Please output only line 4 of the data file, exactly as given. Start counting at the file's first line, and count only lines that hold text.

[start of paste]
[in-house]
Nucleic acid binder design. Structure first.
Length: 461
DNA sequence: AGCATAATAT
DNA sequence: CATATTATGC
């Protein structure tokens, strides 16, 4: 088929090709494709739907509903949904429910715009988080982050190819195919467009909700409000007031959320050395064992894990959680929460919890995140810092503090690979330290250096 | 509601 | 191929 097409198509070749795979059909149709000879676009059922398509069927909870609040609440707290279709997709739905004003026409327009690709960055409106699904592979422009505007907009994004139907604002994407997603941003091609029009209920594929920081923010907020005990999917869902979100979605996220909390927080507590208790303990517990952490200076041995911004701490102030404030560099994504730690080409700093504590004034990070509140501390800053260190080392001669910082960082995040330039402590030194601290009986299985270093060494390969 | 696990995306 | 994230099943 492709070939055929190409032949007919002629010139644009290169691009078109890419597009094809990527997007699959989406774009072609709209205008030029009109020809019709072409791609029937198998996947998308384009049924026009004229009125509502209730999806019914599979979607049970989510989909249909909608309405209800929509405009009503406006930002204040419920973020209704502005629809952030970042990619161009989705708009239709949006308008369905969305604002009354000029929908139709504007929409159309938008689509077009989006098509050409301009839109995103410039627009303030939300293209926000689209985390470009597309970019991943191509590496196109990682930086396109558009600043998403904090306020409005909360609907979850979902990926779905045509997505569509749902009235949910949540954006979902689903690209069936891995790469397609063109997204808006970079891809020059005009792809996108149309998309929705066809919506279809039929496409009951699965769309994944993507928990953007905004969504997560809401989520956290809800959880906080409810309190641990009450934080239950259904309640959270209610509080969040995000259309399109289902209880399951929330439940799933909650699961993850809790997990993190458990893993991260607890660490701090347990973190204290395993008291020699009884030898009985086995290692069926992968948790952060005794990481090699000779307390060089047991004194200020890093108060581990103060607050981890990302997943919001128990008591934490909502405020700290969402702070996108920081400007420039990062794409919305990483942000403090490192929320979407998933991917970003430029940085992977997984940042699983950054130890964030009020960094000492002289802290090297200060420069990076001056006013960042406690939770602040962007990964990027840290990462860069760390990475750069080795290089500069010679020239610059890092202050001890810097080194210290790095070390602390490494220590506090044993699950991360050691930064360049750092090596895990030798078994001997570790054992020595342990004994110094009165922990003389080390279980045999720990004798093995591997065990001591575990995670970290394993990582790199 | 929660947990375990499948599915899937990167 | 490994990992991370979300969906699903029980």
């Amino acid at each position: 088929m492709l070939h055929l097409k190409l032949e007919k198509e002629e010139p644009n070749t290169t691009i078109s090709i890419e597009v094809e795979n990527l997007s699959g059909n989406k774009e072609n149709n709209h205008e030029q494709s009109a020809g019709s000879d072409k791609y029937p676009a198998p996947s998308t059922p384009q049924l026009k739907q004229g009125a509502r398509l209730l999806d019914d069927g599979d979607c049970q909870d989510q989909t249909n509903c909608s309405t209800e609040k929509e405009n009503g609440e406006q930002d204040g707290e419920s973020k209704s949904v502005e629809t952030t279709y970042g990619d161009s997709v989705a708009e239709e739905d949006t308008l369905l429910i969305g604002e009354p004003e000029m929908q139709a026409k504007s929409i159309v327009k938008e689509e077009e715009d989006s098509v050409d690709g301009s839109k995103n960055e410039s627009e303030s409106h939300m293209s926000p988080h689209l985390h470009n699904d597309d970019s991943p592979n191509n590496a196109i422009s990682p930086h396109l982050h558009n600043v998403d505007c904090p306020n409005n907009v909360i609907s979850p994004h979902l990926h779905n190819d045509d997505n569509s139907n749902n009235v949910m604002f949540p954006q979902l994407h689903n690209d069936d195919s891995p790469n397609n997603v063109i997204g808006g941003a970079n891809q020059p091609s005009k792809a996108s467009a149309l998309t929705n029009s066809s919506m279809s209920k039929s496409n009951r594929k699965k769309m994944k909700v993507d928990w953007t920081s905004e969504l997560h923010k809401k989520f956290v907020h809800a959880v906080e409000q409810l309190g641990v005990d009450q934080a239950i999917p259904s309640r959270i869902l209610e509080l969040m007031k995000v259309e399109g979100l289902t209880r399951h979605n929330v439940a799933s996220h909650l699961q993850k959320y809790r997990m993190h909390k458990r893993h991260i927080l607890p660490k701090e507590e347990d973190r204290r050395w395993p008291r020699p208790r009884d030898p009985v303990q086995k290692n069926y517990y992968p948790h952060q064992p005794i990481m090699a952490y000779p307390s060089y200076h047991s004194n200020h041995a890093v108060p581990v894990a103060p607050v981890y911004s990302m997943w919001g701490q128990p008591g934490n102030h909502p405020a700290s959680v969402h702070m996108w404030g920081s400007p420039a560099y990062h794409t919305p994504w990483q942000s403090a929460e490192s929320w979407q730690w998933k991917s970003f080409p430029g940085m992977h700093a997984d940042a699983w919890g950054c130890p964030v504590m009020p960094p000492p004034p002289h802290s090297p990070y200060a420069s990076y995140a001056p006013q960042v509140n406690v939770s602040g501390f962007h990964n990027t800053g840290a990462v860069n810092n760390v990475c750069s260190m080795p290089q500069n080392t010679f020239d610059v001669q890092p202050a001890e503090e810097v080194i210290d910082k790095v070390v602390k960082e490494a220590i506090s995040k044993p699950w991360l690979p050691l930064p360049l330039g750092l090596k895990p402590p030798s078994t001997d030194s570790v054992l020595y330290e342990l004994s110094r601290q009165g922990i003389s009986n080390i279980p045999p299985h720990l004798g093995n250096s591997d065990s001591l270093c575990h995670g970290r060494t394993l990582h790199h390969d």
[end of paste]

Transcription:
DNA sequence: AGCATAATAT